Our guide to film studies
Kristina K

Our guide to film studies

First published date January 14 2014 Amended date January 14 2014

If you find yourself deeply analysing films, appreciating movies that many others fail to understand, or you’re keen on producing one yourself, then film studies is your calling. Check out the wide range of film studies courses – great for both amateurs and professionals.


An introduction to film studies

Introductory courses are suitable for all levels, providing an overview of the subject for those who wish to build on previous study in related areas. Generally, you don’t need any particular skills or qualifications and you’ll quickly find yourself looking at film’s history and development, exploring a range of methods for analysing films, and considering key movements, filmmakers and films. Some of the topics you’ll cover include: the filmmaking process (things like framing and editing), film styles, movements and eras, and critical and theoretical approaches to looking at films.


Take your love of film further

If you think you already know quite a lot about films and want to learn more about some of the more niche subjects, there are plenty of film studies courses focused on specific areas pertaining to this visual medium. For example, you might study French cinema and gain an insight into the evolution of French society and cinema, exploring the likes of modern multi racial France in Claire Denis’ beautiful 35 shots of Rum.  Or maybe you want to look at film noir and the black and white crime dramas with their distinct codes and conventions? Or how about taking a more light hearted approach and focusing on children’s films and animation? There’s a breadth of choice, whatever genre or era you’re in to.


Behind the scenes

If you’re more interested in learning about producing films and working behind the cameras then a more practical film course might be your thing. Some film studies courses look at what goes into making a film and will train you to develop your own projects, explore video and filmmaking ideas, learn camera and sound techniques and even train you in post-production work. You could also learn to use software like Premiere Pro and Final Cut with short workshops and part time courses suitable for all levels.


Additional subjects

Many film students choose to combine their film studies qualifications with other subjects. These can include modern languages, communication and media, music and English. If you’re considering doing this it’s worth thinking about how much dedication you can give both since taking on two is quite a commitment. However, a second subject can really complement learning about film since you’re increasing the skills you can offer a potential employer and since the film industry is difficult to get into, this can only be a good thing.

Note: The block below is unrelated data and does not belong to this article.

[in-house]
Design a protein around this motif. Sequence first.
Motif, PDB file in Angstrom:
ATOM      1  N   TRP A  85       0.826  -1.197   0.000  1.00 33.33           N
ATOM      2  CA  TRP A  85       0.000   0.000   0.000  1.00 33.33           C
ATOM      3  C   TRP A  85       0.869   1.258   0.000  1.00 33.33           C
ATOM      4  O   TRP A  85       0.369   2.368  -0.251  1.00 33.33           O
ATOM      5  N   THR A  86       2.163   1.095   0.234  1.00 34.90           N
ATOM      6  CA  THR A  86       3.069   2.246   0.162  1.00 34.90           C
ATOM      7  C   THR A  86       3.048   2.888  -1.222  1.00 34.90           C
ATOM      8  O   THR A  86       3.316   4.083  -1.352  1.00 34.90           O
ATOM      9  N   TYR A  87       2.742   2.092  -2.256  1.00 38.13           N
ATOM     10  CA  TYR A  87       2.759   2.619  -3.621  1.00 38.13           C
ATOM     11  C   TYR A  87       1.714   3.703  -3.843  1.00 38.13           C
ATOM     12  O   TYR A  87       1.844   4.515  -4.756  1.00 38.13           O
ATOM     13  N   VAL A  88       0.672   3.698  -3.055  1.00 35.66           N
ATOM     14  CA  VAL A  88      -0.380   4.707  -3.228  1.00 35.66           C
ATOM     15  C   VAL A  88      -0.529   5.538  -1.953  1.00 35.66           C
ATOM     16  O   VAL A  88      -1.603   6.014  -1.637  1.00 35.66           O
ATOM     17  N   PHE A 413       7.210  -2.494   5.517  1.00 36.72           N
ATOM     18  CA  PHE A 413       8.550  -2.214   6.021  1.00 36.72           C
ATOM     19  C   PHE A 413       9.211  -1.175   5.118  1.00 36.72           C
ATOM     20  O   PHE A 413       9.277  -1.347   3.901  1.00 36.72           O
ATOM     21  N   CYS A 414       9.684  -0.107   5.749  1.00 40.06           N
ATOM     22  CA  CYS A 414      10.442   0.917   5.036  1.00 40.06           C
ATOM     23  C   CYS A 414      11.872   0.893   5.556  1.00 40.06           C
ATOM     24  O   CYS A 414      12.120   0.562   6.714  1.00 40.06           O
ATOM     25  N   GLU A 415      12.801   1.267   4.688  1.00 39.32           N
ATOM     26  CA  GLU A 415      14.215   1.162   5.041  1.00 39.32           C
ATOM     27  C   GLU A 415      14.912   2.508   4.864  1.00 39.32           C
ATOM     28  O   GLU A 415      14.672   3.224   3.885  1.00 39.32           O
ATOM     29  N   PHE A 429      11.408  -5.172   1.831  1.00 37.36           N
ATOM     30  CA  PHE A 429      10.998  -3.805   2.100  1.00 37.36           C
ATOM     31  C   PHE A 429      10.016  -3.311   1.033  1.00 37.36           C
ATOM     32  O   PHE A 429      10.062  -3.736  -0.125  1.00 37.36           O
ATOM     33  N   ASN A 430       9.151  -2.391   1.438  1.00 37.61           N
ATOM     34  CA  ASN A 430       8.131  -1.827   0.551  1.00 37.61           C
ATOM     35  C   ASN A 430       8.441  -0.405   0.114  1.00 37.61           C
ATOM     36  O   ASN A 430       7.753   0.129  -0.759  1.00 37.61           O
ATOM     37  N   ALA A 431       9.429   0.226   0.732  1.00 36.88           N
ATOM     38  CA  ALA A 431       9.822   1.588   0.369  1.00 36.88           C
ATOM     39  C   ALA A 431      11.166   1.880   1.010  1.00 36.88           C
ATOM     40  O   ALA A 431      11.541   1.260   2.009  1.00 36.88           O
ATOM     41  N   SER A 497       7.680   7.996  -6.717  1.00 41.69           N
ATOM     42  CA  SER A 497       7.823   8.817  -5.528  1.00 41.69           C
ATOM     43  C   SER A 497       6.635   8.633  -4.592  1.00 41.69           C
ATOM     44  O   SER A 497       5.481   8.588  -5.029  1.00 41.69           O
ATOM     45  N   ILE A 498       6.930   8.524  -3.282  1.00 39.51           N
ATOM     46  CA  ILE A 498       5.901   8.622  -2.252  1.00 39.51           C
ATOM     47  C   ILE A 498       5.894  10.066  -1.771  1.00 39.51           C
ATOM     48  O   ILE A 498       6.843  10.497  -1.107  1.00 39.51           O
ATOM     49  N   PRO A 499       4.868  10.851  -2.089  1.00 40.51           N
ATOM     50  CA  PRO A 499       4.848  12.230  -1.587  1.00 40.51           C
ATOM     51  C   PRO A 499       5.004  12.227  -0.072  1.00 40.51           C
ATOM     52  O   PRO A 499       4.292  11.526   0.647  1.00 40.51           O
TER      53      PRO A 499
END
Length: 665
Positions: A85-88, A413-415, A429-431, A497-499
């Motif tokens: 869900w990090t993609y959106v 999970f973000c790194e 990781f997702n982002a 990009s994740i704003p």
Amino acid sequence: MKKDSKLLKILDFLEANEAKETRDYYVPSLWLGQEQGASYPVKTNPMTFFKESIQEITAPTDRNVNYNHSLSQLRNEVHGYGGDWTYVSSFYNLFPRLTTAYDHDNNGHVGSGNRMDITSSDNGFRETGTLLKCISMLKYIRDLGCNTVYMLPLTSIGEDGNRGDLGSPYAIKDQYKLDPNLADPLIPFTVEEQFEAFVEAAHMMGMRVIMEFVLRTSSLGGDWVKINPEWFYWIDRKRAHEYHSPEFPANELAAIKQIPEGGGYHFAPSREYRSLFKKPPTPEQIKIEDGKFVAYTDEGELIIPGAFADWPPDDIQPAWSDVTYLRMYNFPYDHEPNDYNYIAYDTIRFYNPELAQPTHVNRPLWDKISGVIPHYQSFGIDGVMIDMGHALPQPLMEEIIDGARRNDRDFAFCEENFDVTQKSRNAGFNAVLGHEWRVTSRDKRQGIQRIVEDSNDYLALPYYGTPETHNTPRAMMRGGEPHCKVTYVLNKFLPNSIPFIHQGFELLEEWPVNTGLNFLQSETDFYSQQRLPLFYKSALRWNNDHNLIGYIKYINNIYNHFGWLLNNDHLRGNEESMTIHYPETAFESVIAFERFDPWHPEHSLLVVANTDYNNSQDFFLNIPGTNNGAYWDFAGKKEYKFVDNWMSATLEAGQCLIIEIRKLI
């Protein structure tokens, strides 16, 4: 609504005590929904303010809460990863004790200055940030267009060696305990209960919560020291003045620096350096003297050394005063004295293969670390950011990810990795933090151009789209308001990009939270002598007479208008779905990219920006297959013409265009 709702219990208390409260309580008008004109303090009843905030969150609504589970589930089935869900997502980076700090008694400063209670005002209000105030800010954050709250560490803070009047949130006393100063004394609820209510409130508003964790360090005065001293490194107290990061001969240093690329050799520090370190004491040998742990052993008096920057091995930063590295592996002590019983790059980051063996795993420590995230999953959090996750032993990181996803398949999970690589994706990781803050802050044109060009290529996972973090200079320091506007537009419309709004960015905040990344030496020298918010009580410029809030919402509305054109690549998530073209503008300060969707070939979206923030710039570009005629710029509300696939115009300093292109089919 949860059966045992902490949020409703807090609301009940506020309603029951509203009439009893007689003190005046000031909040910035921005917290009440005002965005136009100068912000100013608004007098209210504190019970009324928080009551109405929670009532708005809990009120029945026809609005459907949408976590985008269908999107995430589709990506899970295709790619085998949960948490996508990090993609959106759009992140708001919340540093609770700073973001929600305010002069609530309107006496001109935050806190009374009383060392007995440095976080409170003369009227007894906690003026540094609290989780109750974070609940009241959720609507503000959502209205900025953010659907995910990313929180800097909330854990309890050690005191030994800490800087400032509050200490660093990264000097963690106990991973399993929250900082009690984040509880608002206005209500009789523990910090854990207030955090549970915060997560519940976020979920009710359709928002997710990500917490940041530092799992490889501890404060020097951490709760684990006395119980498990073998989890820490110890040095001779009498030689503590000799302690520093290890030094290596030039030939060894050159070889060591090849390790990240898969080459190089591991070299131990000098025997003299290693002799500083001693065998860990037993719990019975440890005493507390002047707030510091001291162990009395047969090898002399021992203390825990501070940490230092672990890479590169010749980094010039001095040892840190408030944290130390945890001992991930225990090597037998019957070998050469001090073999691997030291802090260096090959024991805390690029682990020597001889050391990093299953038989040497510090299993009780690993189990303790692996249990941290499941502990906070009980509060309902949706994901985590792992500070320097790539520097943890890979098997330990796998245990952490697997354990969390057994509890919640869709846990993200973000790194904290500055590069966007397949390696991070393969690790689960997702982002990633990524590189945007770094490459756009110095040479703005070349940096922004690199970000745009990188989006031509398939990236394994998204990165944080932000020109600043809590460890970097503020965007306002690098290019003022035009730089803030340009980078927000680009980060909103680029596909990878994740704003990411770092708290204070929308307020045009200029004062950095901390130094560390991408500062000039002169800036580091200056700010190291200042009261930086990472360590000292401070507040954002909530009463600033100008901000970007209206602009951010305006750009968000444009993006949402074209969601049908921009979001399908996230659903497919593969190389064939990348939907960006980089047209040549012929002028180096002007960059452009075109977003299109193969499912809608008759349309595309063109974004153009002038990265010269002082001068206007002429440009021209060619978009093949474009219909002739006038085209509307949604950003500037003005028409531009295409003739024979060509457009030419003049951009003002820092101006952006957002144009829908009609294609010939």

What next?

Upon course completion, you should be able to analyse films within a critical framework, identify the key elements of filmmaking, evaluate a range of key terms and themes in film studies, recognise significant periods and movements in film history and demonstrate an understanding of a range of critical and theoretical approaches to film. You may also have some practical knowledge of how films are made and the roles available behind the scenes.

This sort of knowledge and experience could lead to a job on a film set, or in post production, or perhaps you might like to continue your theoretical education and go on to study film further with a degree or postgraduate qualification. You might also consider coming up with research and methods of analysis yourself.


Fun Disney facts

·         The voice of Lilo from Lilo and Stitch is Daveigh Chase, the same girl who haunts our dreams as Samara Morgan in The Ring

·         If you thought Ariel and Belle’s perfect proportions were too good to be true, think again, because they’re based on real-life model Sherri Stoner.

·         Steve Martin used to work in the magic shop at Disneyland

·         If sections of classic films give you a sense of déjà vu, you’re not alone. The company recycled much of its early animation in a technique called rotoscoping, invented in 1915 to help cut costs. Large parts of the 1973 film Robin Hood were taken from Snow White and the Seven Dwarfs (1937), The Jungle Book (1967) and The Aristocats (1970)

·         Disney parks use a patented ‘Smellitzer’ device designed to pump certain scents around. Whether it’s a waft of sea salt in Pirates of the Caribbean or vanilla in Main Street, you senses are constantly being played

·         Simba is Swahili for lion while Bhalu (Baloo) is Hindi for bear

·         Mickey Mouse was the first animated character to receive a star on the Hollywood Walk of Fame. We imagine he’d rather have had a cheese wheel, but you can’t always get what you want

·         To capture the movement of Aladdin’s low cut baggy pants, animator Glen Keane watched M.C Hammer videos. That was his excuse, anyway…


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